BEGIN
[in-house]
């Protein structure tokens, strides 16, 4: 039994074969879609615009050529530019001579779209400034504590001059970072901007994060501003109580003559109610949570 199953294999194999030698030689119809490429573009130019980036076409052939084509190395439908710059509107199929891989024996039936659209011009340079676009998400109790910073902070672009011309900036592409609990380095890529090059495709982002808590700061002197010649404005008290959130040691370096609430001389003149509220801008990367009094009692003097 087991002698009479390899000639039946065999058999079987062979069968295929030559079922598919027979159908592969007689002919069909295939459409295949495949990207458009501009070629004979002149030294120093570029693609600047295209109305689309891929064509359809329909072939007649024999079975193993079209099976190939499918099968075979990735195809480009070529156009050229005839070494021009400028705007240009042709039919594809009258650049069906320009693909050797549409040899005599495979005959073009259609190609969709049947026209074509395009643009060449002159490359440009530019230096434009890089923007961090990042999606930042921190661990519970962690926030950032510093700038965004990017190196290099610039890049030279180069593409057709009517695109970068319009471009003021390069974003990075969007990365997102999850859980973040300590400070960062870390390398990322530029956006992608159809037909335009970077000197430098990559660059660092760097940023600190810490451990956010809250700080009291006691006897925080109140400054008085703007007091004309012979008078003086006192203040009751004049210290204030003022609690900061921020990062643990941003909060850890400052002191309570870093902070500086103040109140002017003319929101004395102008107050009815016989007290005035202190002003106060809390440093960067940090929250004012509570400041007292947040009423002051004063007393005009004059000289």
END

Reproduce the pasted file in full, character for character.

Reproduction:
[in-house]
């Protein structure tokens, strides 16, 4: 039994074969879609615009050529530019001579779209400034504590001059970072901007994060501003109580003559109610949570 199953294999194999030698030689119809490429573009130019980036076409052939084509190395439908710059509107199929891989024996039936659209011009340079676009998400109790910073902070672009011309900036592409609990380095890529090059495709982002808590700061002197010649404005008290959130040691370096609430001389003149509220801008990367009094009692003097 087991002698009479390899000639039946065999058999079987062979069968295929030559079922598919027979159908592969007689002919069909295939459409295949495949990207458009501009070629004979002149030294120093570029693609600047295209109305689309891929064509359809329909072939007649024999079975193993079209099976190939499918099968075979990735195809480009070529156009050229005839070494021009400028705007240009042709039919594809009258650049069906320009693909050797549409040899005599495979005959073009259609190609969709049947026209074509395009643009060449002159490359440009530019230096434009890089923007961090990042999606930042921190661990519970962690926030950032510093700038965004990017190196290099610039890049030279180069593409057709009517695109970068319009471009003021390069974003990075969007990365997102999850859980973040300590400070960062870390390398990322530029956006992608159809037909335009970077000197430098990559660059660092760097940023600190810490451990956010809250700080009291006691006897925080109140400054008085703007007091004309012979008078003086006192203040009751004049210290204030003022609690900061921020990062643990941003909060850890400052002191309570870093902070500086103040109140002017003319929101004395102008107050009815016989007290005035202190002003106060809390440093960067940090929250004012509570400041007292947040009423002051004063007393005009004059000289």